Highland Lakes And Ebbetts Pass
Summer 2002

by Bob Schwehr

John Files and I left Friday, July 26 at 3PM and inched through Livermore on the way to Highway 4. On arrival in the mountains, we checked with the ranger to find that we needed only a "fire permit" for "distributed camping". The campgrounds at Bear Valley and Lake Alpine were full to overflowing. On the way to Pacific Pass we pulled into an extended turnout by a granite rock. There was a picnic table and view south over Utica Lake and the Sierras for tens of miles. The next morning's breakfast was enjoyed with a gorgeous sunrise view.

Highland Lakes are five miles back on a dirt and gravel road. It is very passable, but very steep (the signs said twenty-four percent grade). The Mokelomne River parallels the road, though it is barely a creek this year. John said he saw rises in the morning. The fish had only about a foot—being generous—of water to rise through. It is a dry year. The benefit was that there were almost NO mosquitoes!

There are nice campgrounds on the road to Highland Lakes at the base of the hill and again at the lakes themselves. The lakes are pretty, a few acres each, sitting in a saddle with a nice campground in-between. They sit in an area with treeless hills to the south and sparsely wooded areas to the east and west. The lakes are on the edge of an open meadow section. Upper Highland flows both south and north. This is a drive-to put-and-take fishery; there were several families there. Even so, it was noticeably quiet—not even overhead airplanes.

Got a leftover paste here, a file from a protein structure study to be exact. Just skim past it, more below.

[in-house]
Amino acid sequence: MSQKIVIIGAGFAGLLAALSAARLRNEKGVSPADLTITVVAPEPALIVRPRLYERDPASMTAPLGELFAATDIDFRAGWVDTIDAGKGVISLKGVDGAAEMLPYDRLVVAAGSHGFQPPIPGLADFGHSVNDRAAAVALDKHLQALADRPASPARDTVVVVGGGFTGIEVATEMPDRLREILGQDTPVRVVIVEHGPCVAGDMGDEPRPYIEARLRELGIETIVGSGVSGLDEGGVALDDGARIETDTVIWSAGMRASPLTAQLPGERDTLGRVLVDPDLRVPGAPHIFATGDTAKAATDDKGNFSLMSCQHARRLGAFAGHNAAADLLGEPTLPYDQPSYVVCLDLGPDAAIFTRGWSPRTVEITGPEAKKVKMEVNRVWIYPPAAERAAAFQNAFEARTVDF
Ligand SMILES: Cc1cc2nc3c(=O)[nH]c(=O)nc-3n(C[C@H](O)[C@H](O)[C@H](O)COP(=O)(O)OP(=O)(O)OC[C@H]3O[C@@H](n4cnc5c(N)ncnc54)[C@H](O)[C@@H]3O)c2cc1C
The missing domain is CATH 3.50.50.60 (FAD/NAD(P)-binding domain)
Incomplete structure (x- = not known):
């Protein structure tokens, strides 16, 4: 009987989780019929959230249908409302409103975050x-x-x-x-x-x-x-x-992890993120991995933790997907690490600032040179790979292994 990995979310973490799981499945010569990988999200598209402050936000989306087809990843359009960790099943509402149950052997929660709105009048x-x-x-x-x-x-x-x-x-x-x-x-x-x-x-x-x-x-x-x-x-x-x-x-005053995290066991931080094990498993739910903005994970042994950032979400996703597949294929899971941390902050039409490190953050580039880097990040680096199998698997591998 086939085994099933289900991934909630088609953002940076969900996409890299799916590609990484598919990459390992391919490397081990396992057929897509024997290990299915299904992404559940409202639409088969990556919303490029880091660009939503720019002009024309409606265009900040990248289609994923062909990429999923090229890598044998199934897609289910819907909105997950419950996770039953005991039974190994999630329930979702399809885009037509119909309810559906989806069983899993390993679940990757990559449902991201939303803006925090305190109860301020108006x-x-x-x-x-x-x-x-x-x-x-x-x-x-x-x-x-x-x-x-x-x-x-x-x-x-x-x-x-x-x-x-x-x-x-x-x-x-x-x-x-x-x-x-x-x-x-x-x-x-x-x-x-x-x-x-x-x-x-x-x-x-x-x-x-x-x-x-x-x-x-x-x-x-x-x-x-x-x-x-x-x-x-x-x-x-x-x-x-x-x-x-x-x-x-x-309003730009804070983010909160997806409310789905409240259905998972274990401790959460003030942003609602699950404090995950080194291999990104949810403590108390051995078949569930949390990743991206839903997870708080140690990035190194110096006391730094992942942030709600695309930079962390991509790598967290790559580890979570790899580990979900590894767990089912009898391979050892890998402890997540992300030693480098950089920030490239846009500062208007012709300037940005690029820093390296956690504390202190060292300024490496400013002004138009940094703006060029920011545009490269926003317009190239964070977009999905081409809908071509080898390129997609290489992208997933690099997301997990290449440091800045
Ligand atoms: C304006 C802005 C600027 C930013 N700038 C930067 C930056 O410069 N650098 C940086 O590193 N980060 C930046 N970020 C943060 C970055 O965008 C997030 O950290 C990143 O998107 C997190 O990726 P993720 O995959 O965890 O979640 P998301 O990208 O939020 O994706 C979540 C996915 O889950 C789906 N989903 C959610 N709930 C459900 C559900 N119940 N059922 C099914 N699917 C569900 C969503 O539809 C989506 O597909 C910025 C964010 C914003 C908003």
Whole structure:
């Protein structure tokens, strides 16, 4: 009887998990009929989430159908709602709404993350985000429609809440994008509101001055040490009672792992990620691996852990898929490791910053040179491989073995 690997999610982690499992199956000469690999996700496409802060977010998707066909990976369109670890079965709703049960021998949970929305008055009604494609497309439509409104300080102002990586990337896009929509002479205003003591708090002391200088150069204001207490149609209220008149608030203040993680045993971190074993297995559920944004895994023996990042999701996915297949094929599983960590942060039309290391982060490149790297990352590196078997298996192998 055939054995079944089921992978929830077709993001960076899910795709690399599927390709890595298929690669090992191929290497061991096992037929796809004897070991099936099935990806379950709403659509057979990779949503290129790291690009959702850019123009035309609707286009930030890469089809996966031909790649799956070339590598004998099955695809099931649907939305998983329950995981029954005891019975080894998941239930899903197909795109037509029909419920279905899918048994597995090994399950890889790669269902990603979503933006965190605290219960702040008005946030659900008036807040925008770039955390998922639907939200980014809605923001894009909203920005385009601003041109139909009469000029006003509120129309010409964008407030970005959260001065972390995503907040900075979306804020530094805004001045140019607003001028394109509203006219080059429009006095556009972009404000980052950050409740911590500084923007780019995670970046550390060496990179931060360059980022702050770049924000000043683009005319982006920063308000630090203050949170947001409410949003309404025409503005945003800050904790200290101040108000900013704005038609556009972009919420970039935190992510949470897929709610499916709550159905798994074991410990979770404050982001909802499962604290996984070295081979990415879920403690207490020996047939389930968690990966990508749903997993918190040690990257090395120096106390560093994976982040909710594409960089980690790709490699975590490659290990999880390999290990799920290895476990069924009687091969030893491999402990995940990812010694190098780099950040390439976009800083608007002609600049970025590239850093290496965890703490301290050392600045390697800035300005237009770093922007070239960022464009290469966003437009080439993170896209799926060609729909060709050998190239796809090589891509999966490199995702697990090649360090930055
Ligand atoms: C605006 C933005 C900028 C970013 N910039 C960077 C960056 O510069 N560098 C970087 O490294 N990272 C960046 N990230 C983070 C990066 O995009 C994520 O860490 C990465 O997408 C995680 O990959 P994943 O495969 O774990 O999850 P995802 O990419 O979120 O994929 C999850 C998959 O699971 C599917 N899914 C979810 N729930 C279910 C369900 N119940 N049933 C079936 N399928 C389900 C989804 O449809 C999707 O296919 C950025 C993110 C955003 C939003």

After fishing through the morning, we ate lunch and napped under a tree. A mild wind breezed, the temperature was eighty degrees, it was really pleasant.

We moved up to Ebbetts Pass for the afternoon (requires a serious car engine to make it), and hiked the two miles into lower Kermet Lake. The hike was easy, but the lake is loaded with cuts and brookies only four to eight inches long. We did not see anything larger. They would pop-pop on a stimulator or my bubble on every cast. I caught several on a small bead-head Bird's nest. Too small.

Sunday morning, on the way down from the pass, we stopped along the canyon and hiked down to the river, maybe a quarter mile below. It's a very pretty mountain stream here. This section is granite pools and falls, so even with the low flow, there were pools to eight feet deep in places with nice fish, but the water was crystal clear and the fish were very easy to spook. I used my three-weight to land four for six cutthroats—or cutbows, I could not tell. They ranged from six to eleven inches. The hot flies were #18 pheasant tail and #16 black ant.

This is an easy weekend jaunt of car camping and fishing along the way. We drove in on Highway 120 to Escallon and then across to catch the fruit stands. I would recommend this as faster than Highway 99 to Highway 4.